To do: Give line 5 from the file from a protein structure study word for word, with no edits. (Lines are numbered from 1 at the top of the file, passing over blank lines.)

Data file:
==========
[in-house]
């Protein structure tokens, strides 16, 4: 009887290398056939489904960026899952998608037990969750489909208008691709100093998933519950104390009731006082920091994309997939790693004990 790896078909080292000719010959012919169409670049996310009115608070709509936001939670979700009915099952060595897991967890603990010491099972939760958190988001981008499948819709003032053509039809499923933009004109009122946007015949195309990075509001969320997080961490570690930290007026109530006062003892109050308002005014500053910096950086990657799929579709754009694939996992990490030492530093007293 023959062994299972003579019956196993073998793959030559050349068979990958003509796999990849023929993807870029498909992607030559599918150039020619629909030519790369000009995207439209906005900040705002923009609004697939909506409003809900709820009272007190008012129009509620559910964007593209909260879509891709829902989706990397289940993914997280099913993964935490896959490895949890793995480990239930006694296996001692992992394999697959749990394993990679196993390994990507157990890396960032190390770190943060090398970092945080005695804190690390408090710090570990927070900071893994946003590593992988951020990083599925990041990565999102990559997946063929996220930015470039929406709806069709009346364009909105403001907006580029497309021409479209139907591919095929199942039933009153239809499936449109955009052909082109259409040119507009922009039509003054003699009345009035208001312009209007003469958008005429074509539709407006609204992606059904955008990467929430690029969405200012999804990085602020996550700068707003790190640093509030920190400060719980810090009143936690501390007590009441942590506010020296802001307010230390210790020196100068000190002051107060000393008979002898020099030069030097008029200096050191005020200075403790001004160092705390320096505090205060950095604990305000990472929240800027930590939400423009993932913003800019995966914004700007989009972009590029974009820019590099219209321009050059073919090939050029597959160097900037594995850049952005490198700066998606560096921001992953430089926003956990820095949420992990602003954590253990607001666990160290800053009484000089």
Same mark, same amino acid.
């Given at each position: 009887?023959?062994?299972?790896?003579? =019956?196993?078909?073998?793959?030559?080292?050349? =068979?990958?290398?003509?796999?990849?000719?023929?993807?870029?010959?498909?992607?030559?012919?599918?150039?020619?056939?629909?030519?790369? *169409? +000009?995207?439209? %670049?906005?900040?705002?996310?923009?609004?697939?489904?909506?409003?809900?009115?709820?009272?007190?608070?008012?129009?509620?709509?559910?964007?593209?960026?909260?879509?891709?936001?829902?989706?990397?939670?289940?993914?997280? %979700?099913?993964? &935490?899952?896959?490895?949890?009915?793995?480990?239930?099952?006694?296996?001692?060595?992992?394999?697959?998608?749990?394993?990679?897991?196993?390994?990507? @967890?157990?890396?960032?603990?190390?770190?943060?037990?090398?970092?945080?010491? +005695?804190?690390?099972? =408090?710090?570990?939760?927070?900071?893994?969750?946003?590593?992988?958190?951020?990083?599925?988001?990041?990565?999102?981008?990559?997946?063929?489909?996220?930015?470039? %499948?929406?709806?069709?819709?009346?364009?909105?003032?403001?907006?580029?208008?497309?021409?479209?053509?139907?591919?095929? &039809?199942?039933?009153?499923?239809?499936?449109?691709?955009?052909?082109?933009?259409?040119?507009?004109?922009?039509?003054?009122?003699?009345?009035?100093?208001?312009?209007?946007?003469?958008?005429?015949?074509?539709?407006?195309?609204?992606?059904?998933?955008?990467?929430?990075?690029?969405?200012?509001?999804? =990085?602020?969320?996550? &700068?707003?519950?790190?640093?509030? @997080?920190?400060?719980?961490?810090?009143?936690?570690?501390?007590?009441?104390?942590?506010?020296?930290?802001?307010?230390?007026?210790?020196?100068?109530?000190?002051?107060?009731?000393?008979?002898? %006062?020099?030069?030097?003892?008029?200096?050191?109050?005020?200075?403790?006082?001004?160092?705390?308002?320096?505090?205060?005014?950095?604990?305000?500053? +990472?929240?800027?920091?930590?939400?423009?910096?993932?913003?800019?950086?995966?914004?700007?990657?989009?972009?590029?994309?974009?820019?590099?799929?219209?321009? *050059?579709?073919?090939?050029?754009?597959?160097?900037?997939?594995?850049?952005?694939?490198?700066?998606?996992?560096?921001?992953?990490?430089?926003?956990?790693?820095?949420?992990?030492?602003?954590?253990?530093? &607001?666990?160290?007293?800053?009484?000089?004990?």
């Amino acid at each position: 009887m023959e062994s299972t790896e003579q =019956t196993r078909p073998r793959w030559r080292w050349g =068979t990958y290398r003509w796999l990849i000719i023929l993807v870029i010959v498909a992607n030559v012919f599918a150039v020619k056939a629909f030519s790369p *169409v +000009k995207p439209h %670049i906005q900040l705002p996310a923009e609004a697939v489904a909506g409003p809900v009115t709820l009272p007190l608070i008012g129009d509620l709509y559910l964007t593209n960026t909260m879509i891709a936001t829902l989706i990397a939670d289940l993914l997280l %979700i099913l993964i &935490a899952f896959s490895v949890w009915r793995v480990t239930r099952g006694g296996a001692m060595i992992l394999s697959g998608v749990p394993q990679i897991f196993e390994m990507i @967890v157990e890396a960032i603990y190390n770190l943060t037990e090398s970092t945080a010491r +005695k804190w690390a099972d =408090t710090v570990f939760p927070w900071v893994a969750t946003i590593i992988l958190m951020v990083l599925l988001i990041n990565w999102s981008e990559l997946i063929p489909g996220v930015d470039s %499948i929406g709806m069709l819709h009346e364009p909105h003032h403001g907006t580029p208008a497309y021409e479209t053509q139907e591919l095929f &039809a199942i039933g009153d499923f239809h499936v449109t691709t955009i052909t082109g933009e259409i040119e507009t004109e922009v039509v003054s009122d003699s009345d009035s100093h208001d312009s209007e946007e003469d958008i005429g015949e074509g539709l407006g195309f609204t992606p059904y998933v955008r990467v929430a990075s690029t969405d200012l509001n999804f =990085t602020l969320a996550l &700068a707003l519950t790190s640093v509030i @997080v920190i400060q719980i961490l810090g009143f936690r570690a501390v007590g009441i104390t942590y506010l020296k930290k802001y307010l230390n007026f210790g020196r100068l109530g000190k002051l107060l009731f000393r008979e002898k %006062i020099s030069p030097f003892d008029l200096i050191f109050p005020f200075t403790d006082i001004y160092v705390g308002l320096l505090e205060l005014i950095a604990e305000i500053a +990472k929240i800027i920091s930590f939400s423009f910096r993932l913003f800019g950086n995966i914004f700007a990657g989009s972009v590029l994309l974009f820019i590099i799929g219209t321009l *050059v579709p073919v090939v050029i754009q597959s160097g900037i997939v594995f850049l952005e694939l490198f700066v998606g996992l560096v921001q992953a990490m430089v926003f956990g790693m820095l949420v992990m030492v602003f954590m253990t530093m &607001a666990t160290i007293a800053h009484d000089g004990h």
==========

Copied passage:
């Amino acid at each position: 009887m023959e062994s299972t790896e003579q =019956t196993r078909p073998r793959w030559r080292w050349g =068979t990958y290398r003509w796999l990849i000719i023929l993807v870029i010959v498909a992607n030559v012919f599918a150039v020619k056939a629909f030519s790369p *169409v +000009k995207p439209h %670049i906005q900040l705002p996310a923009e609004a697939v489904a909506g409003p809900v009115t709820l009272p007190l608070i008012g129009d509620l709509y559910l964007t593209n960026t909260m879509i891709a936001t829902l989706i990397a939670d289940l993914l997280l %979700i099913l993964i &935490a899952f896959s490895v949890w009915r793995v480990t239930r099952g006694g296996a001692m060595i992992l394999s697959g998608v749990p394993q990679i897991f196993e390994m990507i @967890v157990e890396a960032i603990y190390n770190l943060t037990e090398s970092t945080a010491r +005695k804190w690390a099972d =408090t710090v570990f939760p927070w900071v893994a969750t946003i590593i992988l958190m951020v990083l599925l988001i990041n990565w999102s981008e990559l997946i063929p489909g996220v930015d470039s %499948i929406g709806m069709l819709h009346e364009p909105h003032h403001g907006t580029p208008a497309y021409e479209t053509q139907e591919l095929f &039809a199942i039933g009153d499923f239809h499936v449109t691709t955009i052909t082109g933009e259409i040119e507009t004109e922009v039509v003054s009122d003699s009345d009035s100093h208001d312009s209007e946007e003469d958008i005429g015949e074509g539709l407006g195309f609204t992606p059904y998933v955008r990467v929430a990075s690029t969405d200012l509001n999804f =990085t602020l969320a996550l &700068a707003l519950t790190s640093v509030i @997080v920190i400060q719980i961490l810090g009143f936690r570690a501390v007590g009441i104390t942590y506010l020296k930290k802001y307010l230390n007026f210790g020196r100068l109530g000190k002051l107060l009731f000393r008979e002898k %006062i020099s030069p030097f003892d008029l200096i050191f109050p005020f200075t403790d006082i001004y160092v705390g308002l320096l505090e205060l005014i950095a604990e305000i500053a +990472k929240i800027i920091s930590f939400s423009f910096r993932l913003f800019g950086n995966i914004f700007a990657g989009s972009v590029l994309l974009f820019i590099i799929g219209t321009l *050059v579709p073919v090939v050029i754009q597959s160097g900037i997939v594995f850049l952005e694939l490198f700066v998606g996992l560096v921001q992953a990490m430089v926003f956990g790693m820095l949420v992990m030492v602003f954590m253990t530093m &607001a666990t160290i007293a800053h009484d000089g004990h």